References

 

Althusser, L. (2014). On the reproduction of capitalism: Ideology and ideological state apparatuses. New

York, NY: Verso.

 

Baudrillard, J. (1994). Simulacra and simulation. Ann Arbor, MI: University of Michigan Press.

 

Bradbury, R. (1953). Fahrenheit 451. New York, NY: Ballantine Books.

 

Bukatman, S. (1993). Terminal identity: The virtual subject in postmodern science fiction.               Durham, NC: Duke University Press.

 

Ernst, W. (2013). Digital memory and the archive. Minneapolis, MN: University of Minnesota Press.

 

Foucault, M. (1972). The archaeology of knowledge. New York, NY: Pantheon Books.

 

Friedan, B. (1963). The feminine mystique. New York, NY: Norton.

 

Gibson, W. (1986). Neuromancer. New York, NY: Ace Books.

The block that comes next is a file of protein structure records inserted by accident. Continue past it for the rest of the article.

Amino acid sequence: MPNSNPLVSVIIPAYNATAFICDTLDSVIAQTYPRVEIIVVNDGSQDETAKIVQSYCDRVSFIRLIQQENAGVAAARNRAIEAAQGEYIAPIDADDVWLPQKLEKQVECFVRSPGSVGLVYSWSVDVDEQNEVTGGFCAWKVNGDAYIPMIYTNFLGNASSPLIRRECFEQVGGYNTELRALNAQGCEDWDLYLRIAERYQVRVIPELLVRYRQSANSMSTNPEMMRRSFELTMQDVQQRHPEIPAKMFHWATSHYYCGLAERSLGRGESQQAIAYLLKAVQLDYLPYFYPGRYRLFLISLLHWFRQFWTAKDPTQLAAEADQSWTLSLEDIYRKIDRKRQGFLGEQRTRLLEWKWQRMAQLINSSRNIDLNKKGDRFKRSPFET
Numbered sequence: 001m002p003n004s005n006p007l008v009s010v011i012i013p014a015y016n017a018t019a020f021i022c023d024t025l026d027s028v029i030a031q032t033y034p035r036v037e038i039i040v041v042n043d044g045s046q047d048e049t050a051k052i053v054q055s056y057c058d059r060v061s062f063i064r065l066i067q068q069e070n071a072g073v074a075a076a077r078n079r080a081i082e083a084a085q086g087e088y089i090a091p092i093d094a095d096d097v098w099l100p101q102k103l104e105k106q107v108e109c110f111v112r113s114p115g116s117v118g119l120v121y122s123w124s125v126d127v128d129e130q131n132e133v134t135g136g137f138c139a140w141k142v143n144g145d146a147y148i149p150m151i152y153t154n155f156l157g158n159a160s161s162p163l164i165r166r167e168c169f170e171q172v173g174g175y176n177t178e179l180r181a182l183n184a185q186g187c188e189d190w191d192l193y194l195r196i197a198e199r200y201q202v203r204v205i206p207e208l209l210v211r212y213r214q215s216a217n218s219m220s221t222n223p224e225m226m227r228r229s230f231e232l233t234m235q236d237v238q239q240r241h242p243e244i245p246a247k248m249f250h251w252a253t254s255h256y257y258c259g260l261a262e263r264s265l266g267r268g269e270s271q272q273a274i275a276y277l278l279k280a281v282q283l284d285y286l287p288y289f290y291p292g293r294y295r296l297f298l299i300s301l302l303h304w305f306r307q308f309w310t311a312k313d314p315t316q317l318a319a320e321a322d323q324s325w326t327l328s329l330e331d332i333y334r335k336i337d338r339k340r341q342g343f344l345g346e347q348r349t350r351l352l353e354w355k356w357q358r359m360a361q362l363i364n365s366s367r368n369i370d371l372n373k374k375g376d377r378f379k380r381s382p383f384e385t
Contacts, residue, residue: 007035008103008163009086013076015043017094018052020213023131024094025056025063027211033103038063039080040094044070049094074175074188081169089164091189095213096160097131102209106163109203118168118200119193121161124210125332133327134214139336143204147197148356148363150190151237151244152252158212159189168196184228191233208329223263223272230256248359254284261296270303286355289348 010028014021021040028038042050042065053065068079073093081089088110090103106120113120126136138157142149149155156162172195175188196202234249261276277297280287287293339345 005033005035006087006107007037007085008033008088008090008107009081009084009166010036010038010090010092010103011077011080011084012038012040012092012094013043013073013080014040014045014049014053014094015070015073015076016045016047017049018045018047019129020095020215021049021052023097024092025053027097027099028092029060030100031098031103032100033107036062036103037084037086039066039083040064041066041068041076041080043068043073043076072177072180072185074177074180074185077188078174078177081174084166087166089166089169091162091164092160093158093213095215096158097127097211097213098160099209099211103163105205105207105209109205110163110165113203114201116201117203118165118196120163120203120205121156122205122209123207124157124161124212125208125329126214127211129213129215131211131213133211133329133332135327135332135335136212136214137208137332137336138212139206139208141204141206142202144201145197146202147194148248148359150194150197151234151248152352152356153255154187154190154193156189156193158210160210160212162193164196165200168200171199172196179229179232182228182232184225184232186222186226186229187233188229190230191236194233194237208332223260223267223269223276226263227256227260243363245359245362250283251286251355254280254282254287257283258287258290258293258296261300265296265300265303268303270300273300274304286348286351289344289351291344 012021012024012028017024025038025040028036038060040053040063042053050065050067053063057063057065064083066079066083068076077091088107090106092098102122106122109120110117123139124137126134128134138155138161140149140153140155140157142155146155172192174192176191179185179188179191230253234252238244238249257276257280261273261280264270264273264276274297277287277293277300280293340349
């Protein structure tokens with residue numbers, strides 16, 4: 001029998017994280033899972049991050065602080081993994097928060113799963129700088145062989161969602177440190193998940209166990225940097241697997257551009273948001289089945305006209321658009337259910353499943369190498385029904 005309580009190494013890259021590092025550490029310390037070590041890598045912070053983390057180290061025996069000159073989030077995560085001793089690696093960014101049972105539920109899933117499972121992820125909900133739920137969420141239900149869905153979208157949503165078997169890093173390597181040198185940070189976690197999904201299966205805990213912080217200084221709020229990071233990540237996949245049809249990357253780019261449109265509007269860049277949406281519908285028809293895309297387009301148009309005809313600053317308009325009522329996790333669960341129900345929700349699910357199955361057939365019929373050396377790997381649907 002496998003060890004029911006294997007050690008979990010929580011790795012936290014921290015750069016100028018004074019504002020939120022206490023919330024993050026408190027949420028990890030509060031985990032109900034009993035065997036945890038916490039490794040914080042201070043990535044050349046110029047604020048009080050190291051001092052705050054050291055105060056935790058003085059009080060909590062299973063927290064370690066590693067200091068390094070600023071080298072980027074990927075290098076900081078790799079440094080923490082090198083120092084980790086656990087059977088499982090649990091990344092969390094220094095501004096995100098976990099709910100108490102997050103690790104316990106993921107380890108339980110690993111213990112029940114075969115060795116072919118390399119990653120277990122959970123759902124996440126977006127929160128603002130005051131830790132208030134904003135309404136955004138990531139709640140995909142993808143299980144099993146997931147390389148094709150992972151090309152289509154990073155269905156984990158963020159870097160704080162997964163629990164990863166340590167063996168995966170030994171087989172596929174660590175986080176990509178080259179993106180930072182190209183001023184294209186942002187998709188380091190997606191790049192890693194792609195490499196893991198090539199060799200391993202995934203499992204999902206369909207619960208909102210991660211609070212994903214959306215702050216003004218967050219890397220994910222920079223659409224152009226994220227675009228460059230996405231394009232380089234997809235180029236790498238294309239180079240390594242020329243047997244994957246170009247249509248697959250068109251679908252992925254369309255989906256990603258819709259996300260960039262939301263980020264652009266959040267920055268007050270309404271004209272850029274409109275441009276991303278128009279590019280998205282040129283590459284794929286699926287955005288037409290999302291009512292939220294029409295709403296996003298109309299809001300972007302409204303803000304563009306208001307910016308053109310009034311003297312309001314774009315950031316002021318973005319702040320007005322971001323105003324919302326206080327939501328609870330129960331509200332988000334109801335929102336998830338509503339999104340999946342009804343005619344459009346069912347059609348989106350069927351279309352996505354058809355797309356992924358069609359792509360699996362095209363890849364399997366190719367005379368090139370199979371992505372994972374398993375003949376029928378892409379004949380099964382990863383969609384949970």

Jameson, F. (1991.) Postmodernism, or, the cultural logic of late capitalism. Durham, NC: Duke University

Press.

 

Jameson, F. (1998). The cultural turn: Selected writings on the postmodern, 1983-1998. New York, NY: Verso.

 

Markham, Jerry W. (2002). A financial history of the United States: From J.P. Morgan to the institutional

investor (1900-1970). New York, NY: M.E. Sharpe.

 

McGiveron, R. (1996). “What carried the trick"? Mass exploitation and the decline of thought in Ray

Bradbury's 'Fahrenheit 451. Extrapolation, 37(3), 245-56.

 

Mogen, D. (1984). Ray Bradbury. Boston, MA: Twayne Publishers.

 

Reid, R. A. (2000). Ray Bradbury: A critical companion. Westport, CT: Greenwood.

 

Stephenson, N. (2003; Original work published in 1995). The Diamond Age: Or, a young lady’s

illustrated primer. New York, NY: Bantam Dell.

 

Stephenson, N. (2008; Original work published in 1992). Snow Crash. New York: Bantam Dell.

 

Whyte, W. H. (1957). The organization man. New York, NY: Doubleday.

 

Wilson, R. (2014). You can't get there from here: Movement SF and the Picaresque. (Doctoral

dissertation) Retrieved from EBSCOhost. (3617874)

Refbacks

  • There are currently no refbacks.


Creative Commons License
This work is licensed under a Creative Commons Attribution 3.0 License.